The U.S. Financial Crimes Enforcement Network (FinCEN) has revealed that more than $5 billion in bitcoin transactions were linked to ransomware payments.
As Bitcoin.com noted Tuesday (Oct. 19), the findings were published by FinCEN in a report outlining ransomware activity in the first half of 2021.
According to FinCEN, 635 reports and 458 ransomware transactions were reported as of June, more than the total incidents from the previous year. Most of these payments were made with bitcoin, although the report logged a slight increase of payments made in monero, the privacy-focused cryptocurrency.
The report also found that most of the funds collected through these payments were directed to entities using “chain hopping,” a practice involving changing one cryptocurrency to another to avoid detection by law enforcement.
FinCEN cautioned organizations to file a suspicious activity report as soon as possible following a ransomware attack and to implement detection systems into their defense systems.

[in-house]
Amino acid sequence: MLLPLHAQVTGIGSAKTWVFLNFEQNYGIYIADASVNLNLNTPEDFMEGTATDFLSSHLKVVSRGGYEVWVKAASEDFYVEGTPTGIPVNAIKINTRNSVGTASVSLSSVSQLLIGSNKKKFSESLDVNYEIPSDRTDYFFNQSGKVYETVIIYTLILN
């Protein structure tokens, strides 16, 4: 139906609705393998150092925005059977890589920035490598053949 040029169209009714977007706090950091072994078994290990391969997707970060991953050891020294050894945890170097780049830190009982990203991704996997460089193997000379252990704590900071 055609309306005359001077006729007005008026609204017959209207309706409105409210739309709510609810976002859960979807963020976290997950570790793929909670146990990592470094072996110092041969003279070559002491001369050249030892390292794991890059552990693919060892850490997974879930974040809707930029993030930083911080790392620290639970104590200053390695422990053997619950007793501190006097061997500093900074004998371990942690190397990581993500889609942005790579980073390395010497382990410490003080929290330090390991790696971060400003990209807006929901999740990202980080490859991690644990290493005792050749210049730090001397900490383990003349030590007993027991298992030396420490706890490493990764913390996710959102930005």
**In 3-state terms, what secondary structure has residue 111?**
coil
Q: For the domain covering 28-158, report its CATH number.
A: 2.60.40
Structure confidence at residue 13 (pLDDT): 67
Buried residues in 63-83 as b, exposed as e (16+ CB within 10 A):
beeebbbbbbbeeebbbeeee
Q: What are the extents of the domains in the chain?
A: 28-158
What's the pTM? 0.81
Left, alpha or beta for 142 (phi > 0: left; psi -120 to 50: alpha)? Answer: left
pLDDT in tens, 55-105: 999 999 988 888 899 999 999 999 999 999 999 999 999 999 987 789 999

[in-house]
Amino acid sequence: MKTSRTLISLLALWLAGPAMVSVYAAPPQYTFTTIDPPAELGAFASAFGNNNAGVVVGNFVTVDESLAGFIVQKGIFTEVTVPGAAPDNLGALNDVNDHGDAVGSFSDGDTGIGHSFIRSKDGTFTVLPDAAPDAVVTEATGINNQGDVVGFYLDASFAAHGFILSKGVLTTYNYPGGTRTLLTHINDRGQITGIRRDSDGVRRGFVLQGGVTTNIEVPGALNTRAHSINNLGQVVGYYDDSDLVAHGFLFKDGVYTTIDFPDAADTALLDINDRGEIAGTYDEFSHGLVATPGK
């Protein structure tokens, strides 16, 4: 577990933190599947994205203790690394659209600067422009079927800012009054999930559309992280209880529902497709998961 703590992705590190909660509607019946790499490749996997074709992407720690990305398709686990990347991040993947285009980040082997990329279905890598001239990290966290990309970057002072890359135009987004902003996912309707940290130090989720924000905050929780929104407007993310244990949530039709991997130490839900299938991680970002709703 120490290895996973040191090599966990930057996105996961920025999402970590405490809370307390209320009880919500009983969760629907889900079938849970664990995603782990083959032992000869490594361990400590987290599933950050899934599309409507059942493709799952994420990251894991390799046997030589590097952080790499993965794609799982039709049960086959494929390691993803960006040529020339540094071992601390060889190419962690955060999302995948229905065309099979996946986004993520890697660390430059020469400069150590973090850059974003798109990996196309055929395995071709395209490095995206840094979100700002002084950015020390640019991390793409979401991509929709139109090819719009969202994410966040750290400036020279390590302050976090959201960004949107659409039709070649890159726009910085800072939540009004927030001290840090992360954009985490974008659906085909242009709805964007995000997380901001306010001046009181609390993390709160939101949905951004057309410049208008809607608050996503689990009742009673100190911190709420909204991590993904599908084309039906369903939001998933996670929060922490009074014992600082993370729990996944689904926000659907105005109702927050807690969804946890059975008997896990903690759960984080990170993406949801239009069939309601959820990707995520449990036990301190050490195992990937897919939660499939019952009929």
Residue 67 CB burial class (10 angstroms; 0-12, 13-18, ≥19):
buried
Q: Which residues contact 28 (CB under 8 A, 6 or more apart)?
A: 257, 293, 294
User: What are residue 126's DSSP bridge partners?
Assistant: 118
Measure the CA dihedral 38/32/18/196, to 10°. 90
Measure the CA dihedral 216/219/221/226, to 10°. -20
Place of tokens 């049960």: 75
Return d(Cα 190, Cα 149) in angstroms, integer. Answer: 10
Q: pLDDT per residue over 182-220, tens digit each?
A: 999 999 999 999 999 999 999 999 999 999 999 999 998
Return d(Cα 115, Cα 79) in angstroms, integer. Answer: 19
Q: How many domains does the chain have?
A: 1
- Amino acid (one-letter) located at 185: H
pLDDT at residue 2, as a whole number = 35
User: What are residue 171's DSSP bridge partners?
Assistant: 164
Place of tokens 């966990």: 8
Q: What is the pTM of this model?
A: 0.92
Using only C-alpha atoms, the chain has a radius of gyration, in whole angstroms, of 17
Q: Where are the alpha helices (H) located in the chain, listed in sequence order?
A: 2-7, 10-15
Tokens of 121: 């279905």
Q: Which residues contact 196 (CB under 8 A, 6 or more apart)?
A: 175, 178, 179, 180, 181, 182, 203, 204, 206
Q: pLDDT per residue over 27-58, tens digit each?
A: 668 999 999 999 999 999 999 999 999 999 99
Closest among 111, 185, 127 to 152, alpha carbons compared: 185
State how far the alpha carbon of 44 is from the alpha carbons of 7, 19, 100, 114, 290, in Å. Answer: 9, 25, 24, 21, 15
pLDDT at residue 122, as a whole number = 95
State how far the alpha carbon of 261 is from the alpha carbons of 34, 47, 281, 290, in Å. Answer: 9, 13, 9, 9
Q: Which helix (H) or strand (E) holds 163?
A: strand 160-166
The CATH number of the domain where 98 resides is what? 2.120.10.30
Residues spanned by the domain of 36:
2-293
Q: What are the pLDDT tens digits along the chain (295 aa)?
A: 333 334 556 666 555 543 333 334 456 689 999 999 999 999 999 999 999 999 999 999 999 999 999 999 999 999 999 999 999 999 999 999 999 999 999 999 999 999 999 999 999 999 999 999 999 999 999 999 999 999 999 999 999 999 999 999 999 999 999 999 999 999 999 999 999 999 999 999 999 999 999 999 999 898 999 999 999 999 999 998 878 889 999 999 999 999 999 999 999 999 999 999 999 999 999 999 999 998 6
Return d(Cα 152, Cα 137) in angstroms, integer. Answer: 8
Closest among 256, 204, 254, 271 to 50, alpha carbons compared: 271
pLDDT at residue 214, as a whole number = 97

The organization’s $5.2 billion figure is considerably higher than the $590 million in suspected ransomware payments the U.S. Treasury reported last week.
Ransomware attacks in North America increased by 158% between 2019 and 2020, with the FBI getting nearly 2,500 ransomware complaints last year.
So far, 2021 has seen several high-profile ransomware attacks, including the ones targeting the Colonial Pipeline, a critical fuel source for the East Coast, and JBS, one of the country’s biggest meat suppliers.
The prevalence of ransomware has led U.S. Sen. Elizabeth Warren and Rep. Deborah Ross to introduce legislation that would give the Department of Homeland Security more data on ransomware payments, and offer a stronger understanding of how cybercriminals conduct business as well as the overall ransomware threat.
The Department of Justice has also formed the National Cryptocurrency Enforcement Team (NCET), which will investigate crimes involving cryptocurrency, including ransomware incidents.